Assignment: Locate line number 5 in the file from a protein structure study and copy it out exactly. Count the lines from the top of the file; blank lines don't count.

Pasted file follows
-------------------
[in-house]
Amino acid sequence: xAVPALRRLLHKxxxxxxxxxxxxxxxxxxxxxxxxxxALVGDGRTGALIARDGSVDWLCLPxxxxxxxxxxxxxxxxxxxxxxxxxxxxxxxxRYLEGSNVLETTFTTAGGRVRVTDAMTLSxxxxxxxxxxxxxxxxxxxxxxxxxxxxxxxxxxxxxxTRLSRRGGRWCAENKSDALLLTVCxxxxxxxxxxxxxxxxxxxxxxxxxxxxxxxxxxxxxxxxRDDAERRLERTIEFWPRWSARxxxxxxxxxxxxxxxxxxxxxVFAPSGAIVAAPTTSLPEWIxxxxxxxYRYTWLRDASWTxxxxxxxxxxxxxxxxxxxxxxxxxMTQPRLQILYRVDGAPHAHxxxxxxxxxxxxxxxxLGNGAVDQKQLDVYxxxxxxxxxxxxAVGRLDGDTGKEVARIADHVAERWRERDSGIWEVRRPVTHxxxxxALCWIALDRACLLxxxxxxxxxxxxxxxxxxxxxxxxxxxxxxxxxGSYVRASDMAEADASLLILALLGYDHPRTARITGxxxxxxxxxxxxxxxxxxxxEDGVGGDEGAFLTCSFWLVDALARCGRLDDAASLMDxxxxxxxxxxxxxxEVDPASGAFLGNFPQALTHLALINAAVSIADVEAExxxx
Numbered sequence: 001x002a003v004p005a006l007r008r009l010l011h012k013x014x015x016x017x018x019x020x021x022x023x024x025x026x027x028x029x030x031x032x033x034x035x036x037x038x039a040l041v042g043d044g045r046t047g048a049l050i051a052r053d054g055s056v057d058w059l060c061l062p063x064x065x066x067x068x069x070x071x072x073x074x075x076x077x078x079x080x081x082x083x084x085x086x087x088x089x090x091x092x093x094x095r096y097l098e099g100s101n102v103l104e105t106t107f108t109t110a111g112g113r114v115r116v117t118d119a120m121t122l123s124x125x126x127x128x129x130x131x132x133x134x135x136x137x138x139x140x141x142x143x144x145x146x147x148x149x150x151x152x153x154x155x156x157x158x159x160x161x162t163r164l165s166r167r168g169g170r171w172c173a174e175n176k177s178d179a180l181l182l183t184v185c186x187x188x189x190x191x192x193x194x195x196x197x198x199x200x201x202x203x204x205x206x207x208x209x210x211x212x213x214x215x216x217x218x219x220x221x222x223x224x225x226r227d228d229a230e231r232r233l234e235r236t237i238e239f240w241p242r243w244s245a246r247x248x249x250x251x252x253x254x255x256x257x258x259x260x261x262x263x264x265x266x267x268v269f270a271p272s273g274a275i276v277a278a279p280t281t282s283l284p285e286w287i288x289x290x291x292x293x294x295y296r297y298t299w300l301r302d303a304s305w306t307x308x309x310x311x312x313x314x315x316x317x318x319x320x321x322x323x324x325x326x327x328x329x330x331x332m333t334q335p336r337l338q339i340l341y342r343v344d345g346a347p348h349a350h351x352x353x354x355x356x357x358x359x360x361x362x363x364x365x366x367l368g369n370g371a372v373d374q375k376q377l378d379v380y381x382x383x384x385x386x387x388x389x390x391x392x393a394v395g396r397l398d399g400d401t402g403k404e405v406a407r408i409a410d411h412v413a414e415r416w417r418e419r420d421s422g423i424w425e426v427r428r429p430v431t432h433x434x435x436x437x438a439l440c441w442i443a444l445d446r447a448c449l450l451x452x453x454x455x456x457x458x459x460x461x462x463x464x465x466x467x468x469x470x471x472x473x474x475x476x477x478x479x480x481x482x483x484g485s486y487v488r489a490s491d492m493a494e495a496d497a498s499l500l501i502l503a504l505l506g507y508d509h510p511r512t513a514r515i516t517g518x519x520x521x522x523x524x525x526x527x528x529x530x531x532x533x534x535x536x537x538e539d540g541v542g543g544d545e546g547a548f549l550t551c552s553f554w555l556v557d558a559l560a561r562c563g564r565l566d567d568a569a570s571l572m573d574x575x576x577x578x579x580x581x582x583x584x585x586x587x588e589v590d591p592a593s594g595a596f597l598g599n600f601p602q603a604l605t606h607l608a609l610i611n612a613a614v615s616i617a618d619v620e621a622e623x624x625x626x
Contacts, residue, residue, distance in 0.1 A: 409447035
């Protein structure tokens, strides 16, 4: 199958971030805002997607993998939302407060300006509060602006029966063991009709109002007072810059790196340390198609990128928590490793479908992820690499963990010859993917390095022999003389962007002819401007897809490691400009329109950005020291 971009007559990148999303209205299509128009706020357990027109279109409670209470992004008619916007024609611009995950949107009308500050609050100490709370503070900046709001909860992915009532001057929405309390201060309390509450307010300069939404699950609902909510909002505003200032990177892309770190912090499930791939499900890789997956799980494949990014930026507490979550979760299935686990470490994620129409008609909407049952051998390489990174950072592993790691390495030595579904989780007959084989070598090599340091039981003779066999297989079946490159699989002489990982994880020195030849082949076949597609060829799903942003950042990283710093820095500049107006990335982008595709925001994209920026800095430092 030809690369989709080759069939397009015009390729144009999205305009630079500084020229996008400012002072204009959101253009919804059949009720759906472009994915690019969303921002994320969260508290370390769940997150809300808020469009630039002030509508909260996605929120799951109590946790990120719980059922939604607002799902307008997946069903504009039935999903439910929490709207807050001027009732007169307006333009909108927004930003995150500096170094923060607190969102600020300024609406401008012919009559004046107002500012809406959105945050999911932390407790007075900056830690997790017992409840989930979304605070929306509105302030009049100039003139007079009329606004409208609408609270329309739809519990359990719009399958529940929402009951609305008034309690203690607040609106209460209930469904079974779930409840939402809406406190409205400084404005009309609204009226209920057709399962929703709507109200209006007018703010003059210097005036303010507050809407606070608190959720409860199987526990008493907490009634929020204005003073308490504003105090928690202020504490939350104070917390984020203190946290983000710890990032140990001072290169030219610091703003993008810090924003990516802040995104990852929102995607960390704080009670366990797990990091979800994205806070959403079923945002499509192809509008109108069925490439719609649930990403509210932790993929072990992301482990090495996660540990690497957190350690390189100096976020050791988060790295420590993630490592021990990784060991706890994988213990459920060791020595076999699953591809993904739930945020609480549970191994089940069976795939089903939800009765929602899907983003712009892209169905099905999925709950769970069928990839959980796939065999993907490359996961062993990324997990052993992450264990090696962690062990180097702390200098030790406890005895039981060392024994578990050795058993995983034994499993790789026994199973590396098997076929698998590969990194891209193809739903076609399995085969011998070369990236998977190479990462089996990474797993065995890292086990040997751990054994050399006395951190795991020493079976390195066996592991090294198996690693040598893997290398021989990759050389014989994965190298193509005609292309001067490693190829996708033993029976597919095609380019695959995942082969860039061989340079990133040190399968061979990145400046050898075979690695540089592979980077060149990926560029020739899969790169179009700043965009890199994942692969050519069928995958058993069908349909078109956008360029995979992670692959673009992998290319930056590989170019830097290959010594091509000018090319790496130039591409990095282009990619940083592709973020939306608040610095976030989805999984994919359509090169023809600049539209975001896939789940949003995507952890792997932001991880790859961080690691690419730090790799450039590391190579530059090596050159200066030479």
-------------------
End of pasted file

């Protein structure tokens, strides 16, 4: 199958971030805002997607993998939302407060300006509060602006029966063991009709109002007072810059790196340390198609990128928590490793479908992820690499963990010859993917390095022999003389962007002819401007897809490691400009329109950005020291 971009007559990148999303209205299509128009706020357990027109279109409670209470992004008619916007024609611009995950949107009308500050609050100490709370503070900046709001909860992915009532001057929405309390201060309390509450307010300069939404699950609902909510909002505003200032990177892309770190912090499930791939499900890789997956799980494949990014930026507490979550979760299935686990470490994620129409008609909407049952051998390489990174950072592993790691390495030595579904989780007959084989070598090599340091039981003779066999297989079946490159699989002489990982994880020195030849082949076949597609060829799903942003950042990283710093820095500049107006990335982008595709925001994209920026800095430092 030809690369989709080759069939397009015009390729144009999205305009630079500084020229996008400012002072204009959101253009919804059949009720759906472009994915690019969303921002994320969260508290370390769940997150809300808020469009630039002030509508909260996605929120799951109590946790990120719980059922939604607002799902307008997946069903504009039935999903439910929490709207807050001027009732007169307006333009909108927004930003995150500096170094923060607190969102600020300024609406401008012919009559004046107002500012809406959105945050999911932390407790007075900056830690997790017992409840989930979304605070929306509105302030009049100039003139007079009329606004409208609408609270329309739809519990359990719009399958529940929402009951609305008034309690203690607040609106209460209930469904079974779930409840939402809406406190409205400084404005009309609204009226209920057709399962929703709507109200209006007018703010003059210097005036303010507050809407606070608190959720409860199987526990008493907490009634929020204005003073308490504003105090928690202020504490939350104070917390984020203190946290983000710890990032140990001072290169030219610091703003993008810090924003990516802040995104990852929102995607960390704080009670366990797990990091979800994205806070959403079923945002499509192809509008109108069925490439719609649930990403509210932790993929072990992301482990090495996660540990690497957190350690390189100096976020050791988060790295420590993630490592021990990784060991706890994988213990459920060791020595076999699953591809993904739930945020609480549970191994089940069976795939089903939800009765929602899907983003712009892209169905099905999925709950769970069928990839959980796939065999993907490359996961062993990324997990052993992450264990090696962690062990180097702390200098030790406890005895039981060392024994578990050795058993995983034994499993790789026994199973590396098997076929698998590969990194891209193809739903076609399995085969011998070369990236998977190479990462089996990474797993065995890292086990040997751990054994050399006395951190795991020493079976390195066996592991090294198996690693040598893997290398021989990759050389014989994965190298193509005609292309001067490693190829996708033993029976597919095609380019695959995942082969860039061989340079990133040190399968061979990145400046050898075979690695540089592979980077060149990926560029020739899969790169179009700043965009890199994942692969050519069928995958058993069908349909078109956008360029995979992670692959673009992998290319930056590989170019830097290959010594091509000018090319790496130039591409990095282009990619940083592709973020939306608040610095976030989805999984994919359509090169023809600049539209975001896939789940949003995507952890792997932001991880790859961080690691690419730090790799450039590391190579530059090596050159200066030479």